According to some media reports, the U.S. government is exaggerating the security threat of the latest WikiLeaks document dump. Take this McClatchy article, for instance. First the paper chides U.S. officials for “overstating the danger from WikiLeaks,” and then it commends reporters for their “unprecedented act of self censorship” by withholding information that could have put innocent lives in danger.
“[D]espite similar warnings ahead of the previous two massive releases of classified U.S. intelligence reports by the website, U.S. officials concede that they have no evidence to date that the documents led to anyone’s death,” reported McClatchy.
The paper said that Julian Assange and the reporters he leaked to took all the proper precautions to “ensure nothing released could endanger lives or national security.”
And French newspaper Le Monde, one of the initial five media organizations to receive the documents, added that “All the identities of people the journalists believed would be threatened were redacted.” News outlets apparently even coordinated with WikiLeaks to “ensure sensitive data didn’t appear on the organization’s website.”
I suppose stories like these may help WikiLeaks’s defenders sleep well at night. But they shouldn’t. People who think that vulnerable human rights activists and journalists were the only ones endangered by the release of the documents are sadly mistaken. The leak doesn’t pose a threat just to the individuals directly mentioned in the cables; it puts all Americans (and our allies in the war on terror) in danger. As James Gordon Meek notes at the New York Daily News, WikiLeaks may have severely compromised the ability of U.S. officials to obtain intelligence about future terrorist attacks on our soil and around the world:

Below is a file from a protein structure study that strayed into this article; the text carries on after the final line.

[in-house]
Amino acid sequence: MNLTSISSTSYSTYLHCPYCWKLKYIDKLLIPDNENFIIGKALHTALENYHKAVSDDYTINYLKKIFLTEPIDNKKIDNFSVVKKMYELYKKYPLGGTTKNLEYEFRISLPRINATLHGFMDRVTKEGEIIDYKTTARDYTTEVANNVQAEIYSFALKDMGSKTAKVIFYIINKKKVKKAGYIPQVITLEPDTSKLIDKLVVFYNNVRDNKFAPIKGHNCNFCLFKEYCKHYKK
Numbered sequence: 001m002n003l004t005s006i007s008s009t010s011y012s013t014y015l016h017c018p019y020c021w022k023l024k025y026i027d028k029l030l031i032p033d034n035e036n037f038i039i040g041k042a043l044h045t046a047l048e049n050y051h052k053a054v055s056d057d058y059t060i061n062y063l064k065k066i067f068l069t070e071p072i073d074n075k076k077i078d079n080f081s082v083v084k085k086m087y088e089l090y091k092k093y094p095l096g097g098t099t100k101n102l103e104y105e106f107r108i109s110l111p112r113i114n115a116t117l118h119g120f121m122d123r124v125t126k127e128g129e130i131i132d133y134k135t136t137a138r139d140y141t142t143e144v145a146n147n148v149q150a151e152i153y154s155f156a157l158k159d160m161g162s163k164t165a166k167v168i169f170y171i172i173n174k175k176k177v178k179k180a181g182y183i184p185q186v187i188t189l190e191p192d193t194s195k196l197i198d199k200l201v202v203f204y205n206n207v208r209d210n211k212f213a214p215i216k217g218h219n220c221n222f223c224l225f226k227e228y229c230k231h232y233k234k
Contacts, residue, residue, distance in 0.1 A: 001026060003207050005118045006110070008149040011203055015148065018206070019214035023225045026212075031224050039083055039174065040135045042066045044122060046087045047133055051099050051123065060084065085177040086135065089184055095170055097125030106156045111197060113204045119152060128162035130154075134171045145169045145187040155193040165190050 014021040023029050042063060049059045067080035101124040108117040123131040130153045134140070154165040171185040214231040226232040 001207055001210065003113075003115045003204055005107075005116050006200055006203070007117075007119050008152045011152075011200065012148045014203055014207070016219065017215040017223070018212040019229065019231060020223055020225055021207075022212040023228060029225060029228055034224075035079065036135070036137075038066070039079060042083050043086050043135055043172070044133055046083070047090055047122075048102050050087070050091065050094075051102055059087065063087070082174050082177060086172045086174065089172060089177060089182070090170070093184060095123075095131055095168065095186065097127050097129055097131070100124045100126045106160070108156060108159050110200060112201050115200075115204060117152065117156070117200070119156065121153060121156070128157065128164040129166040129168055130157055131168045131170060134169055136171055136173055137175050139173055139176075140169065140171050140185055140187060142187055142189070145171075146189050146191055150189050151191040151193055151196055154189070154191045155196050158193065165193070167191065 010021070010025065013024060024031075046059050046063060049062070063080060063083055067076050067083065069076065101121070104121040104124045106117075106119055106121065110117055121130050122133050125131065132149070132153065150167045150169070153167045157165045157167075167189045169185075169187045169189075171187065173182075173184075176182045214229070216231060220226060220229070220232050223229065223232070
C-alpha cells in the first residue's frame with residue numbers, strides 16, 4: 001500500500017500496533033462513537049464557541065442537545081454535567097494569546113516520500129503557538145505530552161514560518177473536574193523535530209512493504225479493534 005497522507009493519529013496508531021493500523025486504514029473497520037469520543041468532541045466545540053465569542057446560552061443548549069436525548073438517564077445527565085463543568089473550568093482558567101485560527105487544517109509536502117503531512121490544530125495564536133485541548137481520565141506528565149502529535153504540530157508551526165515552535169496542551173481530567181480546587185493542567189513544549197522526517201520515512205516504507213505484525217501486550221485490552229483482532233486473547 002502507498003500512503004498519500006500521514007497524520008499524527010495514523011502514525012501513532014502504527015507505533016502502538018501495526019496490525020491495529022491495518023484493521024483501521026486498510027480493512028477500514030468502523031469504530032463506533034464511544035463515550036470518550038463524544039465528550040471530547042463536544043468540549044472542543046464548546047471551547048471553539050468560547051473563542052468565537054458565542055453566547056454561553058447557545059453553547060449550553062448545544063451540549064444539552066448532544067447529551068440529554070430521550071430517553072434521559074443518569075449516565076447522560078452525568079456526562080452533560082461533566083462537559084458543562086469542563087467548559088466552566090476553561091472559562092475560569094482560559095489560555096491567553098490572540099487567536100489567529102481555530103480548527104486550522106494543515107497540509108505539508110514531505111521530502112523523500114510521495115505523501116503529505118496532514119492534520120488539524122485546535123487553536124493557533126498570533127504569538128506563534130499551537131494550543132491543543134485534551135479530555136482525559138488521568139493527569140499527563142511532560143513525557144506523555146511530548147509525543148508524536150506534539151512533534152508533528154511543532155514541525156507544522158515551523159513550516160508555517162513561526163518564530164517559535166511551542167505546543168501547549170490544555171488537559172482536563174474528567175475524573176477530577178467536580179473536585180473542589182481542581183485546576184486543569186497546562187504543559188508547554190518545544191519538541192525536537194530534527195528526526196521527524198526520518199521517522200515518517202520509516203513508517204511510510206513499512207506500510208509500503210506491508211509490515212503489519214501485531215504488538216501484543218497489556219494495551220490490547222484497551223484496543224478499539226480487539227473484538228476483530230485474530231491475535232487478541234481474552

Allies in countries with populations that aren’t pro-U.S. may simply let Americans die rather than pass on tips about terror suspects if they think their secret role will wind up in the public eye.
Leaks that keep the government honest are good — but not if they ultimately put innocents in the terrorists’ cross hairs.
Preventing attacks in the U.S. isn’t just about eavesdropping with high-tech gadgets, invisible ink and undercover ops. It’s about relationships with tenuous allies from Islamabad to Sana’a. These disclosures may choke off critical intelligence to thwart terrorism, such as last month’s attempted bombings of U.S.-bound cargo planes from Yemen. That plot was stopped after a tip from Saudi Arabia — not long ago an unreliable partner against Al Qaeda.
These closet allies have little to lose if they neglect to warn the U.S. of a potential terror attack. But if their covert cooperation with our government is exposed, they run the risk of losing political capital within their own countries. Add that to the WikiLeaks-fueled perception that the U.S. can’t keep a handle on its own secret documents, and this could hinder our national security intelligence-gathering for years to come.